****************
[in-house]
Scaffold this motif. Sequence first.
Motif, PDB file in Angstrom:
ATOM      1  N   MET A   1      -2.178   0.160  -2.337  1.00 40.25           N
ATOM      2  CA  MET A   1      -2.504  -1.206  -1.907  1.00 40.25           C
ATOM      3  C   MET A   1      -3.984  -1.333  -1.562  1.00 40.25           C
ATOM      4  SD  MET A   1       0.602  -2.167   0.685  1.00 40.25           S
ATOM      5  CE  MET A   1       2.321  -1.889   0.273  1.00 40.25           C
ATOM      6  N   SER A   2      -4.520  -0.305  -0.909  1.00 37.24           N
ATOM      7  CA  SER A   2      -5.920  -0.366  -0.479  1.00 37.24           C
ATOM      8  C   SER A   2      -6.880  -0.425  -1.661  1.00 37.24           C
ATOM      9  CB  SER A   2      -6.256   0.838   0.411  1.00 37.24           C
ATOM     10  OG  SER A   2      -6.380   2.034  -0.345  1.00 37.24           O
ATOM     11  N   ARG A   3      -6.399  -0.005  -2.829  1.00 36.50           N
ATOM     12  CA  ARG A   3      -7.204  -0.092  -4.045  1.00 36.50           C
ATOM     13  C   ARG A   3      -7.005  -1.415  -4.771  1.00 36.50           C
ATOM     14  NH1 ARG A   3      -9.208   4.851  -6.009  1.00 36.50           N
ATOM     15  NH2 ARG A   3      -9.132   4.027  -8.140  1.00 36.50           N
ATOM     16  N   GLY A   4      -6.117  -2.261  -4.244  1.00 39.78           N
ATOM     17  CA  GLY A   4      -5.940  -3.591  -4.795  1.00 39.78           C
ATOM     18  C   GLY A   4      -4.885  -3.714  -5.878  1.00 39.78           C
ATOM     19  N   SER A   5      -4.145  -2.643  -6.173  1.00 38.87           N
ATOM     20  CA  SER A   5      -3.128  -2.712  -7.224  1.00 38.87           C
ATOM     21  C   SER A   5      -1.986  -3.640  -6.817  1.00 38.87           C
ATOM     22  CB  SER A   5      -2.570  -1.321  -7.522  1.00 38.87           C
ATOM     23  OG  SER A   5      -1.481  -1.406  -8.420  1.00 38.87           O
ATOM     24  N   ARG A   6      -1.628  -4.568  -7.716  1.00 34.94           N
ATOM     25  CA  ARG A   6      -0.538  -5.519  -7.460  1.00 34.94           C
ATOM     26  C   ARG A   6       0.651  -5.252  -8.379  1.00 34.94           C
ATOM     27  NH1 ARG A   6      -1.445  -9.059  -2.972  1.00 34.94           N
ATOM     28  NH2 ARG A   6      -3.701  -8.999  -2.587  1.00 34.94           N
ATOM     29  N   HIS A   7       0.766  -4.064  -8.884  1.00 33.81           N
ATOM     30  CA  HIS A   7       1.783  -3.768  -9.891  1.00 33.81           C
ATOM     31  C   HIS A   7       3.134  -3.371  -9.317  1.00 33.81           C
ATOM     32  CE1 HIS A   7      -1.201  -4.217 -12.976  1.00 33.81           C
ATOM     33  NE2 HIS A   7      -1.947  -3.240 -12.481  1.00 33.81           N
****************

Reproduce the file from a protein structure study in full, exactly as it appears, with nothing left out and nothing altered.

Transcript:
[in-house]
Scaffold this motif. Sequence first.
Motif, PDB file in Angstrom:
ATOM      1  N   MET A   1      -2.178   0.160  -2.337  1.00 40.25           N
ATOM      2  CA  MET A   1      -2.504  -1.206  -1.907  1.00 40.25           C
ATOM      3  C   MET A   1      -3.984  -1.333  -1.562  1.00 40.25           C
ATOM      4  SD  MET A   1       0.602  -2.167   0.685  1.00 40.25           S
ATOM      5  CE  MET A   1       2.321  -1.889   0.273  1.00 40.25           C
ATOM      6  N   SER A   2      -4.520  -0.305  -0.909  1.00 37.24           N
ATOM      7  CA  SER A   2      -5.920  -0.366  -0.479  1.00 37.24           C
ATOM      8  C   SER A   2      -6.880  -0.425  -1.661  1.00 37.24           C
ATOM      9  CB  SER A   2      -6.256   0.838   0.411  1.00 37.24           C
ATOM     10  OG  SER A   2      -6.380   2.034  -0.345  1.00 37.24           O
ATOM     11  N   ARG A   3      -6.399  -0.005  -2.829  1.00 36.50           N
ATOM     12  CA  ARG A   3      -7.204  -0.092  -4.045  1.00 36.50           C
ATOM     13  C   ARG A   3      -7.005  -1.415  -4.771  1.00 36.50           C
ATOM     14  NH1 ARG A   3      -9.208   4.851  -6.009  1.00 36.50           N
ATOM     15  NH2 ARG A   3      -9.132   4.027  -8.140  1.00 36.50           N
ATOM     16  N   GLY A   4      -6.117  -2.261  -4.244  1.00 39.78           N
ATOM     17  CA  GLY A   4      -5.940  -3.591  -4.795  1.00 39.78           C
ATOM     18  C   GLY A   4      -4.885  -3.714  -5.878  1.00 39.78           C
ATOM     19  N   SER A   5      -4.145  -2.643  -6.173  1.00 38.87           N
ATOM     20  CA  SER A   5      -3.128  -2.712  -7.224  1.00 38.87           C
ATOM     21  C   SER A   5      -1.986  -3.640  -6.817  1.00 38.87           C
ATOM     22  CB  SER A   5      -2.570  -1.321  -7.522  1.00 38.87           C
ATOM     23  OG  SER A   5      -1.481  -1.406  -8.420  1.00 38.87           O
ATOM     24  N   ARG A   6      -1.628  -4.568  -7.716  1.00 34.94           N
ATOM     25  CA  ARG A   6      -0.538  -5.519  -7.460  1.00 34.94           C
ATOM     26  C   ARG A   6       0.651  -5.252  -8.379  1.00 34.94           C
ATOM     27  NH1 ARG A   6      -1.445  -9.059  -2.972  1.00 34.94           N
ATOM     28  NH2 ARG A   6      -3.701  -8.999  -2.587  1.00 34.94           N
ATOM     29  N   HIS A   7       0.766  -4.064  -8.884  1.00 33.81           N
ATOM     30  CA  HIS A   7       1.783  -3.768  -9.891  1.00 33.81           C
ATOM     31  C   HIS A   7       3.134  -3.371  -9.317  1.00 33.81           C
ATOM     32  CE1 HIS A   7      -1.201  -4.217 -12.976  1.00 33.81           C
ATOM     33  NE2 HIS A   7      -1.947  -3.240 -12.481  1.00 33.81           N